Linux laptops, revisited (can any sleep like my PowerBook does?)
von at fugal.net
Tue Jan 22 00:45:50 MST 2008
* Levi Pearson [Mon, 21 Jan 2008 at 13:15 -0700]
> Lonnie Olson <lists at kittypee.com> writes:
> > No offense taken, but I think you are missing the "religious"
> > reasoning in the Free Software movement. The Free Software movement
> > reasons that every user of software has a right to each of the 4
> > freedoms outlined below.
> > * The freedom to run the program, for any purpose (freedom 0).
> > * The freedom to study how the program works, and adapt it to your
> > needs (freedom 1).
> > * The freedom to redistribute copies so you can help your neighbor
> > (freedom 2).
> > * The freedom to improve the program, and release your
> > improvements to the public, so that the whole community benefits
> > (freedom 3).
> > Any user that chooses software that strips them on one of these
> > freedoms is unfortunate. Software makers that deny these freedoms are
> > not "evil", but are unkind people by harming their customers deserved
> > freedoms.
> Yes, I'm well aware of these freedoms that the Free Software
> Foundation espouses. I agree that those things are nice. I don't
> agree that people have any intrinsic right to those things. I believe
> that we have the right to life, liberty, and the pursuit of happiness.
> Aside from those, you've got whatever rights that aren't restricted by
> government or community. Since those freedoms interfere with the
> right to control how your personal creations are used, they fall
> clearly in the 'negotiable rights' category, not the 'intrinsic
> rights' one. I certainly don't feel they ought to be universal.
Woah woah, hold on, stop and evaluate. Since when is the "right to
control how your personal creations are used" a God given or intrinsic
right?? I dare say it's not! Your _property_ is one thing, but as soon
as you give something to somebody else, for whatever reason, it ceases
to be your property. Can I get another AMEN!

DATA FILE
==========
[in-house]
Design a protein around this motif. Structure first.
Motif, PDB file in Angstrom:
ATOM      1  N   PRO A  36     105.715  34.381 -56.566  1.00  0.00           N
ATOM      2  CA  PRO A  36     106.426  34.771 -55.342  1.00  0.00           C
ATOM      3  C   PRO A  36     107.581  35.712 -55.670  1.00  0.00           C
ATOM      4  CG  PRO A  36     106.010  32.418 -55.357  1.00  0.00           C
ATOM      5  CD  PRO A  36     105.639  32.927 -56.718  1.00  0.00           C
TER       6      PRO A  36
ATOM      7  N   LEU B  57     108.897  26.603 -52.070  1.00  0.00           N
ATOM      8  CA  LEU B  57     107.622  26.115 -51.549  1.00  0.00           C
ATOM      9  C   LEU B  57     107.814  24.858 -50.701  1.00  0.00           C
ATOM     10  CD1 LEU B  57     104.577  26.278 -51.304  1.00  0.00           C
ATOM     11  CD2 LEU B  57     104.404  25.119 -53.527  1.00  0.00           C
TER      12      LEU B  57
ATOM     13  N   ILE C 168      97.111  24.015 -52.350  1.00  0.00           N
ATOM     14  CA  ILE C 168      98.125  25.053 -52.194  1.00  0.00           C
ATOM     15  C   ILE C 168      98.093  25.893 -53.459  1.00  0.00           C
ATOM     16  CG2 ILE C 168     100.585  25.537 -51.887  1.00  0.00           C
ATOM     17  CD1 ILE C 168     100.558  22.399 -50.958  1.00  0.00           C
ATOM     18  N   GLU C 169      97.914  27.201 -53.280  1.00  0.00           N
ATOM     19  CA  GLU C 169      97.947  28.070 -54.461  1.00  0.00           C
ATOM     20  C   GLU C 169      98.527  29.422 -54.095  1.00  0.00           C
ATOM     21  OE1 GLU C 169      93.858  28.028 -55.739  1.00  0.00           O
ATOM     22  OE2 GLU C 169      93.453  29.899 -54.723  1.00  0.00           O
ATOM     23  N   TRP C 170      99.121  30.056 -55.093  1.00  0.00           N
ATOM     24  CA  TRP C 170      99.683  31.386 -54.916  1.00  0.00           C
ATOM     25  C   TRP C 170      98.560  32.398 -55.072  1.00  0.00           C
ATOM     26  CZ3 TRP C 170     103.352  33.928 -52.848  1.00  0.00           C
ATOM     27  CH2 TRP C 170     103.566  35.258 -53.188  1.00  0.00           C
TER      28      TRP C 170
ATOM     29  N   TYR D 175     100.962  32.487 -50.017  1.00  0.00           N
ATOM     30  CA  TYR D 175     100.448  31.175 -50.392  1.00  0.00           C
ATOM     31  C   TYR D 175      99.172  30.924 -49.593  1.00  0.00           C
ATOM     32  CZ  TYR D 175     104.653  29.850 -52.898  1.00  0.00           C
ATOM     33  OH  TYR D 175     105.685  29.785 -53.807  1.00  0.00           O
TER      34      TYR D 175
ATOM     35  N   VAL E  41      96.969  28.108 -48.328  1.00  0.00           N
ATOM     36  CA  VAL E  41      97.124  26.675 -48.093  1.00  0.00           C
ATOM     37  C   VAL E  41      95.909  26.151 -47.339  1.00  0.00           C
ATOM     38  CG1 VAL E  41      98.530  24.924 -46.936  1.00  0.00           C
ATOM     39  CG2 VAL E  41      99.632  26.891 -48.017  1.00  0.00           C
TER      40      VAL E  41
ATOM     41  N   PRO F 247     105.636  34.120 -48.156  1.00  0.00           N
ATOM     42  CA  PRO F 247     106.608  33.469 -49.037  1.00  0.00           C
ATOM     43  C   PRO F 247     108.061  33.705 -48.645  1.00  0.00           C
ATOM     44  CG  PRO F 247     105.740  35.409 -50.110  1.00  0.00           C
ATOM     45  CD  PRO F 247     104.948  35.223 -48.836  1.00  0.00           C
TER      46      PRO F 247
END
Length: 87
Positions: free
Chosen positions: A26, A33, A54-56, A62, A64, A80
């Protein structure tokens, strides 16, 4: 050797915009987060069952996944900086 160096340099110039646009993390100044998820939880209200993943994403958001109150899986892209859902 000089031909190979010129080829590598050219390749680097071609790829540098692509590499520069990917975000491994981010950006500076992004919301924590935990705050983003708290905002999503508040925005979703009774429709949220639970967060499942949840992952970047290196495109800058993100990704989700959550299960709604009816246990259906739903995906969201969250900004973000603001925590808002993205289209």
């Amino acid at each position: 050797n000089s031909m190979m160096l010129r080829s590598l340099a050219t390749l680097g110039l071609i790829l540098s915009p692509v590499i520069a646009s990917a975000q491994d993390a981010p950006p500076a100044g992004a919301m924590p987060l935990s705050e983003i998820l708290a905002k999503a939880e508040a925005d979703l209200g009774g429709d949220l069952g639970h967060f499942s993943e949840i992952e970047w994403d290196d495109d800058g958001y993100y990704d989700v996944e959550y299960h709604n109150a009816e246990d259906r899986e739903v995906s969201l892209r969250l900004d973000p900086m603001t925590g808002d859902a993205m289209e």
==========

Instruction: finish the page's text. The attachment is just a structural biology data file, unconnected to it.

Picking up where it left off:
> Any assertion that those rights *are* universal must be religious,
> since they clearly aren't fundamental to human nature and only God
> could choose to grant them universally. :P
As well to copyright.
> > Now, if you don't believe the 4 freedoms are beneficial to our
> > society, then I would understand your feelings. But I get the
> > distinct impression that you feel these freedoms are beneficial. What
> > is wrong with educating people about the unkind, freedom restricting
> > acts of non-free software developers?
> That would be mis-education based on a faulty understanding (or
> correct understanding and deliberate misuse) of heavily-loaded terms
> like 'freedom' and 'right'. Copying or modifying someone's software
> against their will is just as unkind, and telling them that they can't
> exercise their copyright is just as freedom-restricting. Telling
> people that everyone ought to have these four freedoms doesn't make it
> so. Calling people who release their software under different terms
> 'unkind' is just being childish and anti-social.
Yeah, calling the FSF principles "rights" might be in poor taste, but
copyright itself is absolutely in poor taste itself. I'm not totally
against copyright, I think it has in cases some merit. But to call it
a "right" just rocks my boat.
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